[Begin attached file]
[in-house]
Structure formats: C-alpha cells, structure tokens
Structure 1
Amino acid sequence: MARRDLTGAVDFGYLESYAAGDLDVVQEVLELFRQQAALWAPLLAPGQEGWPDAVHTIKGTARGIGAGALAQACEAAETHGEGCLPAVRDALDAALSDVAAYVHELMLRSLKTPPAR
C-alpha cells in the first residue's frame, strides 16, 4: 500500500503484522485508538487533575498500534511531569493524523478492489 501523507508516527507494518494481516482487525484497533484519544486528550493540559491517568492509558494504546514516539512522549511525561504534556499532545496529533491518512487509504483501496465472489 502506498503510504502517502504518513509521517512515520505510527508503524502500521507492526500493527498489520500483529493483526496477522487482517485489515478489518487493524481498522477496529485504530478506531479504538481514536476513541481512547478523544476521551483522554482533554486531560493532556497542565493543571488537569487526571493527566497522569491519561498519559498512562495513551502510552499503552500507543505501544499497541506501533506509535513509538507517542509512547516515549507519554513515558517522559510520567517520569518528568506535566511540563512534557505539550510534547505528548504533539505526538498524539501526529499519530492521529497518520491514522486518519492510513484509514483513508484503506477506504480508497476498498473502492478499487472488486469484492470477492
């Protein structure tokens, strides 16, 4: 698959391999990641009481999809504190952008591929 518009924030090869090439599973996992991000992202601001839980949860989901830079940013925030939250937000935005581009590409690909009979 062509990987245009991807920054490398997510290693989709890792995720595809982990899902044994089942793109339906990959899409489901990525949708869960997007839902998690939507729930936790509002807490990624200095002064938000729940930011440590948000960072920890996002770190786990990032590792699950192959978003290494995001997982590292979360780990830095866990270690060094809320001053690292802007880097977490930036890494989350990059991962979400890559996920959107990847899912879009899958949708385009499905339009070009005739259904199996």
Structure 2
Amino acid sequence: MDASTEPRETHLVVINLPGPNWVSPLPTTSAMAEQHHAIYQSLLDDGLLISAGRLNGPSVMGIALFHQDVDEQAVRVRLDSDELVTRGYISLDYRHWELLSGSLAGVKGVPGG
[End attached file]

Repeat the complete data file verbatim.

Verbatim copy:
[in-house]
Structure formats: C-alpha cells, structure tokens
Structure 1
Amino acid sequence: MARRDLTGAVDFGYLESYAAGDLDVVQEVLELFRQQAALWAPLLAPGQEGWPDAVHTIKGTARGIGAGALAQACEAAETHGEGCLPAVRDALDAALSDVAAYVHELMLRSLKTPPAR
C-alpha cells in the first residue's frame, strides 16, 4: 500500500503484522485508538487533575498500534511531569493524523478492489 501523507508516527507494518494481516482487525484497533484519544486528550493540559491517568492509558494504546514516539512522549511525561504534556499532545496529533491518512487509504483501496465472489 502506498503510504502517502504518513509521517512515520505510527508503524502500521507492526500493527498489520500483529493483526496477522487482517485489515478489518487493524481498522477496529485504530478506531479504538481514536476513541481512547478523544476521551483522554482533554486531560493532556497542565493543571488537569487526571493527566497522569491519561498519559498512562495513551502510552499503552500507543505501544499497541506501533506509535513509538507517542509512547516515549507519554513515558517522559510520567517520569518528568506535566511540563512534557505539550510534547505528548504533539505526538498524539501526529499519530492521529497518520491514522486518519492510513484509514483513508484503506477506504480508497476498498473502492478499487472488486469484492470477492
């Protein structure tokens, strides 16, 4: 698959391999990641009481999809504190952008591929 518009924030090869090439599973996992991000992202601001839980949860989901830079940013925030939250937000935005581009590409690909009979 062509990987245009991807920054490398997510290693989709890792995720595809982990899902044994089942793109339906990959899409489901990525949708869960997007839902998690939507729930936790509002807490990624200095002064938000729940930011440590948000960072920890996002770190786990990032590792699950192959978003290494995001997982590292979360780990830095866990270690060094809320001053690292802007880097977490930036890494989350990059991962979400890559996920959107990847899912879009899958949708385009499905339009070009005739259904199996």
Structure 2
Amino acid sequence: MDASTEPRETHLVVINLPGPNWVSPLPTTSAMAEQHHAIYQSLLDDGLLISAGRLNGPSVMGIALFHQDVDEQAVRVRLDSDELVTRGYISLDYRHWELLSGSLAGVKGVPGG